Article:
I mean, to me that would be the worst possible situation: all the personal responsibility of a Libertarian state, with all the Gun to the Head Coercion of a Social Welfare state.

Where was the gun to the head though?

When they collected his other taxes.

They exercised no coercion to get him to pay his fire protection fee. He simply didn't do it. It would be no different than developing liver cancer and not having health insurance.

Actually, it wouldn't--when Obamacare kicks in, they can't deny you for pre-existing conditions, right?

edit: and really, isn't this more like if your liver cancer causes a medical emergency? They have to take you in an emergency room, whether you have insurance or not.

They didn't collect his "other taxes". He lived in the county. The fire department is supported by city of South Fulton, in which he did not live.

edit: the only scenario in which I could see coercion even applying here is if the fire department was setting fires and demanding payment. No one is asserting that this is the case. All parties entered into their agreements (or didn't in the case of Cranick) of their own, informed free will. This is the exact inevitable outcome of a Libertarian society.

Funkenpants wrote:
Kraint wrote:

We'd be having a debate over a headline about firefighters 'extorting' home owners and putting huge liens on their houses while they are on fire.

To clarify what I'm talking about, the way the system would work is that the choice is between 1) paying the $75 fee annually, or 2) paying X amount when the fire occurs. No matter which option you chose, the fire department comes and puts the fire out. So the homeowner and firefighters wouldn't be in any kind of decision-making situation.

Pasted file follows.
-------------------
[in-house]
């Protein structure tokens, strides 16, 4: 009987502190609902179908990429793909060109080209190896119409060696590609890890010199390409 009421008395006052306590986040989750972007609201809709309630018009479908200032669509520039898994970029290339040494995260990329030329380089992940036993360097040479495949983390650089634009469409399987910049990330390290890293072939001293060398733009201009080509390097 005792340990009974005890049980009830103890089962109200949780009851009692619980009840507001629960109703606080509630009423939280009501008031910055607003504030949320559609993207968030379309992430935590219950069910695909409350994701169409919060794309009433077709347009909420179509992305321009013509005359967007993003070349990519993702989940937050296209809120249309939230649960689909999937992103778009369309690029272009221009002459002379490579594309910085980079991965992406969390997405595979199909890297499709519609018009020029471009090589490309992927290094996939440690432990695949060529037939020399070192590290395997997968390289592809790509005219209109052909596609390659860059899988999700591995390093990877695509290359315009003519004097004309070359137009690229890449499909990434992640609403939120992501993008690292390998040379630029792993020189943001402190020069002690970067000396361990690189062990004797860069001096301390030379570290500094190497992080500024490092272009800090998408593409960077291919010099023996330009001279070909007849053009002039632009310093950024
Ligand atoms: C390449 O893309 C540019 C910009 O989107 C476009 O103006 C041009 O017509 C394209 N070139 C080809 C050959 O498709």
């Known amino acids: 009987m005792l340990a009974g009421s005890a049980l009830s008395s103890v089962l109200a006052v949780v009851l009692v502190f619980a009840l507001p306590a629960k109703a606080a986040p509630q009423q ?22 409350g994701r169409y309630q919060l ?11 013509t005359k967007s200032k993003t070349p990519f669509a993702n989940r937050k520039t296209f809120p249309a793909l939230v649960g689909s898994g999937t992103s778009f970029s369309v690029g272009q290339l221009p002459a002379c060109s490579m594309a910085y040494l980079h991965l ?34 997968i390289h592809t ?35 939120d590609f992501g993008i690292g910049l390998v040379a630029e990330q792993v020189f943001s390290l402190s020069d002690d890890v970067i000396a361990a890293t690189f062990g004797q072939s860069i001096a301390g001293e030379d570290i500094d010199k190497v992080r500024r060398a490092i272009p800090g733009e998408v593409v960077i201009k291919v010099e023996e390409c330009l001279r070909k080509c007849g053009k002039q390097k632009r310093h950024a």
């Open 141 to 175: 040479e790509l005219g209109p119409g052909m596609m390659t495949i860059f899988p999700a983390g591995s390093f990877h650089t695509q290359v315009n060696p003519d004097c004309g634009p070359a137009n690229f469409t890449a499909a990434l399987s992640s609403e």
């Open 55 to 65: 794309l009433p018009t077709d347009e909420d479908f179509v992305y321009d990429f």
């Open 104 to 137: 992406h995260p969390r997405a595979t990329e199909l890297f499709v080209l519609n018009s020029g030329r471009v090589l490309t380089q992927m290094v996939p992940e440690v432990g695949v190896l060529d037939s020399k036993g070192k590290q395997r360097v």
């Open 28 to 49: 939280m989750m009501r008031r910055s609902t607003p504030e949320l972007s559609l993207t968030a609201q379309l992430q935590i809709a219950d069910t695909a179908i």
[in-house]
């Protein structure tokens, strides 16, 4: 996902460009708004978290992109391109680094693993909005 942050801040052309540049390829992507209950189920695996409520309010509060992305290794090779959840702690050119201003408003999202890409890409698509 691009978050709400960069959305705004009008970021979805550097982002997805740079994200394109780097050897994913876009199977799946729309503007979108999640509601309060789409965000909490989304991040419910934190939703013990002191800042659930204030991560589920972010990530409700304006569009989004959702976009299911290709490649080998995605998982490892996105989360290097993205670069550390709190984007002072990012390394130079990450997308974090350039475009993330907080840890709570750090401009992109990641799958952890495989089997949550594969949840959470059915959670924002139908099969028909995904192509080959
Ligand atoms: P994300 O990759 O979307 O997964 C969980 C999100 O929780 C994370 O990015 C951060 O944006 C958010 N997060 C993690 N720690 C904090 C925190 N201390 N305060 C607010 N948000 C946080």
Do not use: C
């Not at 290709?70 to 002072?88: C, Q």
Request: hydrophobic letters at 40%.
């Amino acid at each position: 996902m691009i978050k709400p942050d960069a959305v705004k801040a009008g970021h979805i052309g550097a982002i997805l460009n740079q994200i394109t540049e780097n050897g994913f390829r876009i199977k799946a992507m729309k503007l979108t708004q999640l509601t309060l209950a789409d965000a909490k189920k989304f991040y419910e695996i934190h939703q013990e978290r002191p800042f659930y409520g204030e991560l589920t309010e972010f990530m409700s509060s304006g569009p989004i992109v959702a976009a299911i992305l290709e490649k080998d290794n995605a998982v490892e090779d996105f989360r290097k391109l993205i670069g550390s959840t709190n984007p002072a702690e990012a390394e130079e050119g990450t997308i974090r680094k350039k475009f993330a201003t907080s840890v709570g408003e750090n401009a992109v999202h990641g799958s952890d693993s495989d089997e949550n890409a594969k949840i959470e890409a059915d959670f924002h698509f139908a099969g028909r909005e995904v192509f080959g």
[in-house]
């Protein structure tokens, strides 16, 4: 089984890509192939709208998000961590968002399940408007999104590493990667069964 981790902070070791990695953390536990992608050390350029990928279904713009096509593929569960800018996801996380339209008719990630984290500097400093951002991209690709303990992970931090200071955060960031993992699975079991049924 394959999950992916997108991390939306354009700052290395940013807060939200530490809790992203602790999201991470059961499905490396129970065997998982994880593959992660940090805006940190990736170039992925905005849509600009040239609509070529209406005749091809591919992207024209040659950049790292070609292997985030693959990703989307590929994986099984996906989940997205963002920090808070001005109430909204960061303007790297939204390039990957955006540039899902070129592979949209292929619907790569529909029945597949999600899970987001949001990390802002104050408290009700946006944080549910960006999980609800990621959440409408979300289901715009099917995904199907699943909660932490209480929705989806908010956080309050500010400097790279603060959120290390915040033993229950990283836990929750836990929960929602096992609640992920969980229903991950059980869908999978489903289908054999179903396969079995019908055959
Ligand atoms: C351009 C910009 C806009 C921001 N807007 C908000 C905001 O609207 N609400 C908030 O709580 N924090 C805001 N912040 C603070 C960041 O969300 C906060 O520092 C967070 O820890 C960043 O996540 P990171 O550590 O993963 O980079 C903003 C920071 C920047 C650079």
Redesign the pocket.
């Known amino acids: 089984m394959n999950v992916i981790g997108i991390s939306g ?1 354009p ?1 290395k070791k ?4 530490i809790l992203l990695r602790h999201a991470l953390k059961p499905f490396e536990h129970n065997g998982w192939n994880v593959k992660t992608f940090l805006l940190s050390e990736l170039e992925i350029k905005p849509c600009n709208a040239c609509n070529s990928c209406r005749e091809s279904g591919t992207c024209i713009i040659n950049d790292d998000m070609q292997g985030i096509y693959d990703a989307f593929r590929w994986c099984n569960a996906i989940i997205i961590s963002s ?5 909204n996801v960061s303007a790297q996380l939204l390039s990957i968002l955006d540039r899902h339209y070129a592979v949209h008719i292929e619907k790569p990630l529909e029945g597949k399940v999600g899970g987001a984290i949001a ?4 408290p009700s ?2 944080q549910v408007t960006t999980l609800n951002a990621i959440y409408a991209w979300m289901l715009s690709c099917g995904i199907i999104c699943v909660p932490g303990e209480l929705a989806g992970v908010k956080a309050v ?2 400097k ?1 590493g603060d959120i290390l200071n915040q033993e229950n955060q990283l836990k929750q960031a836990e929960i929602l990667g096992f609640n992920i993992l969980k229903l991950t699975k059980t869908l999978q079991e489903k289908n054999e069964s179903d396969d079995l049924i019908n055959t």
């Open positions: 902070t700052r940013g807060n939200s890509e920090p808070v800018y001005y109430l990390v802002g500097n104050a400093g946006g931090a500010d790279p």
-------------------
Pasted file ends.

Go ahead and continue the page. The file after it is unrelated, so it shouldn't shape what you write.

Once again, why bother? What legal or moral obligation does a contractor have to provide that service?

Would an on the spot payment mechanism/agreement to cover those who didn't pay on time would keep others from signing up through regular channels? i don't know if most people would have the stones to take such a big risk on the welfare of their property. In this situation, while Mr Cranick didn't pay the fee his neighbor wouldn't tolerate the risk and was paid up.

$75 vs cost of home = worst gamble ever. I wouldn't be surprised if his insurance doesn't pay, at least in full since he didn't avail himself the proper protection.

Edited for Paleo's comment
As stupid or nefarious and Cranick was (take your pick), keeping someone's home from burning down is the decent thing to do.

Ballotechnic wrote:

Would an on the spot payment mechanism/agreement to cover those who didn't pay on time would keep others from signing up through regular channels? i don't know if most people would have the stones to take such a big risk on the welfare of their property. In this situation, while Mr Cranick didn't pay the fee his neighbor wouldn't tolerate the risk and was paid up.

$75 vs cost of home = worst gamble ever. I wouldn't be surprised if his insurance doesn't pay, at least in full since he didn't avail himself the proper protection.

You're assuming that folks take rational risks. Though I agree with you that it is the worst gamble ever, folks make similar gambles all the time. It's the subject of an entire field of behavioral economics. Compliance with rational risk taking behavior goes up dramatically, btw, after stories like this hit the news.